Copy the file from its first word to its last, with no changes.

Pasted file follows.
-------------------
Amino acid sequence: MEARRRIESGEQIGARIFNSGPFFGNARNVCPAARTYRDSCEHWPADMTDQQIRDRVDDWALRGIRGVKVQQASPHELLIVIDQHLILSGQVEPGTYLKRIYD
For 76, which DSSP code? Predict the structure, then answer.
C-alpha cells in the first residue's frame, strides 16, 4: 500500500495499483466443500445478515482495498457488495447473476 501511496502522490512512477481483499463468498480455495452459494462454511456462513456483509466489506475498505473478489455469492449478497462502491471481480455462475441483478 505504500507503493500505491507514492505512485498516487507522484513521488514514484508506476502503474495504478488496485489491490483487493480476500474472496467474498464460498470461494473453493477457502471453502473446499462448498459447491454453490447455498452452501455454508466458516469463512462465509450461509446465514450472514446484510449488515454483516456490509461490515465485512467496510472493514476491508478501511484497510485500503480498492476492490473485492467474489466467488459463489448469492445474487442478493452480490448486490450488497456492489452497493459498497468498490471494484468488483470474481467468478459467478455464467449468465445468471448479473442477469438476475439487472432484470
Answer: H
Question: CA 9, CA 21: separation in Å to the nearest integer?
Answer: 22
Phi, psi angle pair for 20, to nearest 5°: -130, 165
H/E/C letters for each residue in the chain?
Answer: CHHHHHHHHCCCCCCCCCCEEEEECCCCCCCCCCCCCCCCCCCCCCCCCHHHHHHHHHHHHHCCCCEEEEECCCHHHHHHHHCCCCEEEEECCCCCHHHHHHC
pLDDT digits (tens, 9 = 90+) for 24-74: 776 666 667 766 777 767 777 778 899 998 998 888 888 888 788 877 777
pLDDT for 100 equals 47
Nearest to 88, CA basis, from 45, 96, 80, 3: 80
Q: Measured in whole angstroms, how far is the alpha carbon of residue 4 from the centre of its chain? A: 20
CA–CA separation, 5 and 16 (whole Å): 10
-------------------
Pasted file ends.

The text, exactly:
Amino acid sequence: MEARRRIESGEQIGARIFNSGPFFGNARNVCPAARTYRDSCEHWPADMTDQQIRDRVDDWALRGIRGVKVQQASPHELLIVIDQHLILSGQVEPGTYLKRIYD
For 76, which DSSP code? Predict the structure, then answer.
C-alpha cells in the first residue's frame, strides 16, 4: 500500500495499483466443500445478515482495498457488495447473476 501511496502522490512512477481483499463468498480455495452459494462454511456462513456483509466489506475498505473478489455469492449478497462502491471481480455462475441483478 505504500507503493500505491507514492505512485498516487507522484513521488514514484508506476502503474495504478488496485489491490483487493480476500474472496467474498464460498470461494473453493477457502471453502473446499462448498459447491454453490447455498452452501455454508466458516469463512462465509450461509446465514450472514446484510449488515454483516456490509461490515465485512467496510472493514476491508478501511484497510485500503480498492476492490473485492467474489466467488459463489448469492445474487442478493452480490448486490450488497456492489452497493459498497468498490471494484468488483470474481467468478459467478455464467449468465445468471448479473442477469438476475439487472432484470
Answer: H
Question: CA 9, CA 21: separation in Å to the nearest integer?
Answer: 22
Phi, psi angle pair for 20, to nearest 5°: -130, 165
H/E/C letters for each residue in the chain?
Answer: CHHHHHHHHCCCCCCCCCCEEEEECCCCCCCCCCCCCCCCCCCCCCCCCHHHHHHHHHHHHHCCCCEEEEECCCHHHHHHHHCCCCEEEEECCCCCHHHHHHC
pLDDT digits (tens, 9 = 90+) for 24-74: 776 666 667 766 777 767 777 778 899 998 998 888 888 888 788 877 777
pLDDT for 100 equals 47
Nearest to 88, CA basis, from 45, 96, 80, 3: 80
Q: Measured in whole angstroms, how far is the alpha carbon of residue 4 from the centre of its chain? A: 20
CA–CA separation, 5 and 16 (whole Å): 10